THE SUBMARINE REVIEW
Reviewed by CAPT. Bill Norris
Dan Gillcrist. Lincoln, NE: iUniverse,
Inc. 2006. 249pp. Illus. Glossary.
In a way the forward to this book should not be read until the
reader has finished the book. It maintains a zero angle in
summarizing the many fine and varied interviews that Dan
Gillcrist has gathered. The book portrays the Power Shift for what
it was; a transformation of the Submarine Force from diesel boats to
nuclear power. It was an inevitable transformation driven by
technology and the book tells of the price paid and rewards won by
the people during such a transformation.
This is a trade publication and it will mean different things to
different generations of submariners. Those who were submariners
before there were nuclear submarines will enjoy the interviews about
how it used to be when the world was pure. Those who lived through
the transformation as diesel submariners and who didn’t convert, for
whatever reason, will find solace either in the interviews with the
DBF’ers or those who understood necessity for the course of events.
Those who lived through the transformation, either as nuclear
submariners or those who converted to nuclear submarines, will
relive the difficulties of a transformation of men and machinery.
Those who never really knew a diesel submarine or a diesel
submariner will feel they are reading about today’s disputes between
warfare communities, maybe even in an internecine sense, but at
least the world is now pure again.
A few personal reflections:
Life is not fair, especially to those caught in transformation.
Many who entered the Submarine Force after World War II
were joining a very elite group that had played a key role in
the defeat of the enemy (and we should always treasure that
heritage). To many of these, the advent of nuclear submarines
turned many super careers into fine or average careers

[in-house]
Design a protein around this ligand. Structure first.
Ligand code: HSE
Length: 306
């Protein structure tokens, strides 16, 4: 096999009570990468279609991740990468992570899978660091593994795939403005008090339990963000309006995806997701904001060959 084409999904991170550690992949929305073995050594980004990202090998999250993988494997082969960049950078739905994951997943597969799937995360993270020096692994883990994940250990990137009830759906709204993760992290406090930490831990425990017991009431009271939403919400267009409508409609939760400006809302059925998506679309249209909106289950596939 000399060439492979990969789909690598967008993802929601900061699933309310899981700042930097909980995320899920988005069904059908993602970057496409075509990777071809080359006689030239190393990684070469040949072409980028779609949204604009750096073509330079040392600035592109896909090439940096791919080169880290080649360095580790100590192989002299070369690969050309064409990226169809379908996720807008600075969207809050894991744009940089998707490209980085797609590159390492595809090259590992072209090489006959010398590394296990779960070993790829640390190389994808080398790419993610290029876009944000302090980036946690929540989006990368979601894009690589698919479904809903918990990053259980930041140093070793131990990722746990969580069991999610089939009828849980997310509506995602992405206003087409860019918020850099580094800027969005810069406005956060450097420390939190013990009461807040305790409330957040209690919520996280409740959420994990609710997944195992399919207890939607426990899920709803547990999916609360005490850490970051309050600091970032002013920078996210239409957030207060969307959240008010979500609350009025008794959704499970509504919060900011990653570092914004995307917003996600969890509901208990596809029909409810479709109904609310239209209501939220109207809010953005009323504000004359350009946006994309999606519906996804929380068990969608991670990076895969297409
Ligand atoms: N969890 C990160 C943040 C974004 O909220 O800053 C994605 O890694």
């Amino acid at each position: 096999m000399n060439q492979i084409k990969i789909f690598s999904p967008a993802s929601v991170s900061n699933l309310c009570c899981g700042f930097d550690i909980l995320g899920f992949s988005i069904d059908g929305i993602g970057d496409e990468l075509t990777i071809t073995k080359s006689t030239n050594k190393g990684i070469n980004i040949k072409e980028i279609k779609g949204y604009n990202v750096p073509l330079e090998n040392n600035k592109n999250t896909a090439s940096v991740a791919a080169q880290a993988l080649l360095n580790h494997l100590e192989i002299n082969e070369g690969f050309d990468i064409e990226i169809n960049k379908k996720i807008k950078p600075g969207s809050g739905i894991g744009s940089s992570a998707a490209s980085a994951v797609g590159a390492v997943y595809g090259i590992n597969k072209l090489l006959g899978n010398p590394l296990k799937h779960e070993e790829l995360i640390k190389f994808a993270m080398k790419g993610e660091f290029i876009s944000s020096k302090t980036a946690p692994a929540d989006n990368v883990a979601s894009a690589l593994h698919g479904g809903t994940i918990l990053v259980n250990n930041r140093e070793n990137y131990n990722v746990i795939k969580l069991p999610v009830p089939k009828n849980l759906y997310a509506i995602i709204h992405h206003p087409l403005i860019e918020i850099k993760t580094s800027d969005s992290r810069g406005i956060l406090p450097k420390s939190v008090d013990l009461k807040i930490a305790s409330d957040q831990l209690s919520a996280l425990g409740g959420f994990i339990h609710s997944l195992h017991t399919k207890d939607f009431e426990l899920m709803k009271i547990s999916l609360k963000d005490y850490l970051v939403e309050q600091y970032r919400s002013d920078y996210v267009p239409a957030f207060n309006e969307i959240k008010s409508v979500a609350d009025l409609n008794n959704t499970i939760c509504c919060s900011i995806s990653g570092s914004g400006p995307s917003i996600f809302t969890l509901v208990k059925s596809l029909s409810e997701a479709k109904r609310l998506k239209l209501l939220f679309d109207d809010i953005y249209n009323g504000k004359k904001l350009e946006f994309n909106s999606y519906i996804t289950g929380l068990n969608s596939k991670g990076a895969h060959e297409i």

regardless of their real performance. It also began the end of
an era, and many good people are always lost in such a
Those that started the Power Shift had a tough time not only
because they had a great legacy to try to build on, but with nuclear
power came an awesome responsibility. That required hard work that
was beyond what the post World War II diesel boat was experiencing.
But without that transition to nuclear submarines and that hard
early work, the Submarine Force would have not been able to
maintain its elite position (By the way, it’s still hard work). There
were too many advantages to a true submersible that could be further
enhanced by the increased design space and electrical and propulsion
power available. And thus, just as in World War II, submarines were
a key element in the victory in the Cold War.
In every fleet and organization there are good and not so good
ships and parts. Most of us served in both. There were good and not
so good leaders in diesel boats and in nuclear submarines as well.
One ship or organization does not stay good or not so good. People
can and do change things. Whether ships or organizations are good
or not so good, the experiences are what made us better, if we
learned from them.
The camaraderie of the diesel submariners seems to be played
much better than that of the nuclear submariners. Just as there was
a Power Shift from diesel to nuclear, there was a change in what
people saw as camaraderie. The harder work needed to make nuclear
submarines a success begat a different closeness. Looking back, I
would have judged the camaraderie on the diesel submarine I served
on as fourth (of six submarines). I would bet that other submariners
who have served on both sides of the Power Shift would vary and
run the gamut from top to bottom.
There have been many who have written chronicles of Admiral
Rickover. Dan adds some balanced anecdotes to the collection. A lot
is made of whether Admiral Rickover stayed too long. Maybe he did,
but where would we be today if he hadn’t started us out with his firm
hand and high standards. One should also not discount the Grand
Dolphins of OP-02 who never received much credit but worked so
hard to marry the right operational tools to the nuclear propulsion
system, and also served as a check and a sounding board for Admiral
Power Shift reveals many tales across the submarine spectrum.
Every time one listens to the stories of the experiments, such as with
pancake diesels, you suffer with the crew. The NAUTILUS
experiment and the others of the early nuclear Submarine Force were
equally painful for those crews. Many of Dan Gillcrist’s interviews
will stir memories, good and not so good. Great credit goes to Dan
for his perseverance in telling a story that spans a generation of
submariners and submarines.
Power Shift is neither a great book nor a classic. It is a book
worth reading for the human stories about the Power Shift that Dan
Gillcrist has brought to light and life. We older submariners will
enjoy it more. We will all have our favorite stories within its covers.
We will disagree with some of the portrayals and resonate with
others. We will find lost shipmates and contemporaries and friends.
We will remember similar tales from our past. This is another piece
of our great submarine tradition.